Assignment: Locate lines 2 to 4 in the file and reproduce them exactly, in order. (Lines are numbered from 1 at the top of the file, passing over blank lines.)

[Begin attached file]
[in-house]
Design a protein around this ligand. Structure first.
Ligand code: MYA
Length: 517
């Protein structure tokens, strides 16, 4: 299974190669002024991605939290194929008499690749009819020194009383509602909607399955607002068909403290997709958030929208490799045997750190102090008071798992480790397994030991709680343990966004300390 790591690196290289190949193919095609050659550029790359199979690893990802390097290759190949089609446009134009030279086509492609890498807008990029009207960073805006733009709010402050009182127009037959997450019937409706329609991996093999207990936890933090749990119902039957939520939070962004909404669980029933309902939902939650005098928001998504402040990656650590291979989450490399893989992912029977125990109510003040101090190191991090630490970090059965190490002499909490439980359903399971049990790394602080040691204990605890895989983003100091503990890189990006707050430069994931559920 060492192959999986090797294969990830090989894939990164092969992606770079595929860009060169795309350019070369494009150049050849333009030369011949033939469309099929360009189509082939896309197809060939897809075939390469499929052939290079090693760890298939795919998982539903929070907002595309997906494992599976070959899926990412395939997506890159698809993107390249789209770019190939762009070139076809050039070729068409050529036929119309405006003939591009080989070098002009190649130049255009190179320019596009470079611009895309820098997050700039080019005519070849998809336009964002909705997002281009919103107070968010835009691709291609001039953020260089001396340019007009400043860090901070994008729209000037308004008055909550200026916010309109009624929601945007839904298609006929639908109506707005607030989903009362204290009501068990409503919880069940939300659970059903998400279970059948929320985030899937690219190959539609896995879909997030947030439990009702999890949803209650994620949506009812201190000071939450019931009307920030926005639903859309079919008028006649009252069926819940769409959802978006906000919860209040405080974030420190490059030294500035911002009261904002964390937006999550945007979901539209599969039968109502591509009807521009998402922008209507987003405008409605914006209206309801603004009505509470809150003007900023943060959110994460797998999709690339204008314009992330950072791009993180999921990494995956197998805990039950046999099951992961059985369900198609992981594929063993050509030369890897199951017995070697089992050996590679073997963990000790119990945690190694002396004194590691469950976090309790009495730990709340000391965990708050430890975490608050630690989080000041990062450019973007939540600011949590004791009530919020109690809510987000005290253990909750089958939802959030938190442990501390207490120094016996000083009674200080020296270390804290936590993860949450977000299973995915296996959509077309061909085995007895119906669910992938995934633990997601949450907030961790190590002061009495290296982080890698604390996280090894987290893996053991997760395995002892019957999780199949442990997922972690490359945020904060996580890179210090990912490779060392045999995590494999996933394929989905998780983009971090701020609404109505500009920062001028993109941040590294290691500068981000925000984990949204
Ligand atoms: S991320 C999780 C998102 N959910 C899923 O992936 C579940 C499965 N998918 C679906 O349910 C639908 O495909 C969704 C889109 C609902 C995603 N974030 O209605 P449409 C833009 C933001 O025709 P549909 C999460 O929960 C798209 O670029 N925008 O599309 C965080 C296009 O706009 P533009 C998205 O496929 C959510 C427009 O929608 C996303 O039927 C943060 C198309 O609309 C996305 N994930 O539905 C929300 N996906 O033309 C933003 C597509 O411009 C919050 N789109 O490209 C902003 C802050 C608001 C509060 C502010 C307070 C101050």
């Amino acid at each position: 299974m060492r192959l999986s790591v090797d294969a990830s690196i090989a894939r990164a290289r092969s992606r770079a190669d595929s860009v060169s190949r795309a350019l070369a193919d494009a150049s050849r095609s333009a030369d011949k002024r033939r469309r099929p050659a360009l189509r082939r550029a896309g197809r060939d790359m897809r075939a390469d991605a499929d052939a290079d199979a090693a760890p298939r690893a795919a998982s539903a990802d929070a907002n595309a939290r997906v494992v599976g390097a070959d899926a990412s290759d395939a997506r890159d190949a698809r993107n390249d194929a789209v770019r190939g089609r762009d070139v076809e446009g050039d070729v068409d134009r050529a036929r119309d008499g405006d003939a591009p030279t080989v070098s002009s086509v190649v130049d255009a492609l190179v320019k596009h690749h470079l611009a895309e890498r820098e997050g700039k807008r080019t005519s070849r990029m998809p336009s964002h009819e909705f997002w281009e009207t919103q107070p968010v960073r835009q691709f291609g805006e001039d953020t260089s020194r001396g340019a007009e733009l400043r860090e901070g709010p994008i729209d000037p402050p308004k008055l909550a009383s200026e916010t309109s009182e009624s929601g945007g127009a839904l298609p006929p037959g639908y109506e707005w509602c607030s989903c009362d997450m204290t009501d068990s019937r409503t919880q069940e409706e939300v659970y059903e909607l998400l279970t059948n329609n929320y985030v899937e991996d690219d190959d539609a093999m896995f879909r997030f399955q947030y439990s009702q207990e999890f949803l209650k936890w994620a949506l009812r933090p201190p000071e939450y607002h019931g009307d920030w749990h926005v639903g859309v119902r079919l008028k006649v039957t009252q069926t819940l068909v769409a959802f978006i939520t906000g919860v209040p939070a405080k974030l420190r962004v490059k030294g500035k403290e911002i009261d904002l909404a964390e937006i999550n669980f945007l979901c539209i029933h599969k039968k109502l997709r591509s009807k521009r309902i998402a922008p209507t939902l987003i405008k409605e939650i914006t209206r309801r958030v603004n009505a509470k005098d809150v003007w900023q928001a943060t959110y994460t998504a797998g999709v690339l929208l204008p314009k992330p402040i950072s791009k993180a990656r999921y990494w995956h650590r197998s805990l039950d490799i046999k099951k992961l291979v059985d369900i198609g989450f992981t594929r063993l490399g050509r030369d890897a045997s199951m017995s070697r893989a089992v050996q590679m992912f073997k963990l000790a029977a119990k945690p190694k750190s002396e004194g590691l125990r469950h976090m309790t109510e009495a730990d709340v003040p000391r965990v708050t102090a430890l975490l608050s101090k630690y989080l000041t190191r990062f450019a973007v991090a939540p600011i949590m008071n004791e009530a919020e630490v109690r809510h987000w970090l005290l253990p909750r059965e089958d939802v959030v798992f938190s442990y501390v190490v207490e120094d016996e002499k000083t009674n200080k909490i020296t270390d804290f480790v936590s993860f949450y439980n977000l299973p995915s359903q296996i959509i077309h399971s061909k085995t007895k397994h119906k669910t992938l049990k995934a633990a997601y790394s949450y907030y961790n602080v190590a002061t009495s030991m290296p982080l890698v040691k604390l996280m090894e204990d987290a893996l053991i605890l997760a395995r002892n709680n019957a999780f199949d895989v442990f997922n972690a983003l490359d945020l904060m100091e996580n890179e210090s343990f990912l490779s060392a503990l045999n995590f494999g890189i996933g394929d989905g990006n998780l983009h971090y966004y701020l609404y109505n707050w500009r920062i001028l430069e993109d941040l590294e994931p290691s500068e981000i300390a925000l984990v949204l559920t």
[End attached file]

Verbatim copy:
Design a protein around this ligand. Structure first.
Ligand code: MYA
Length: 517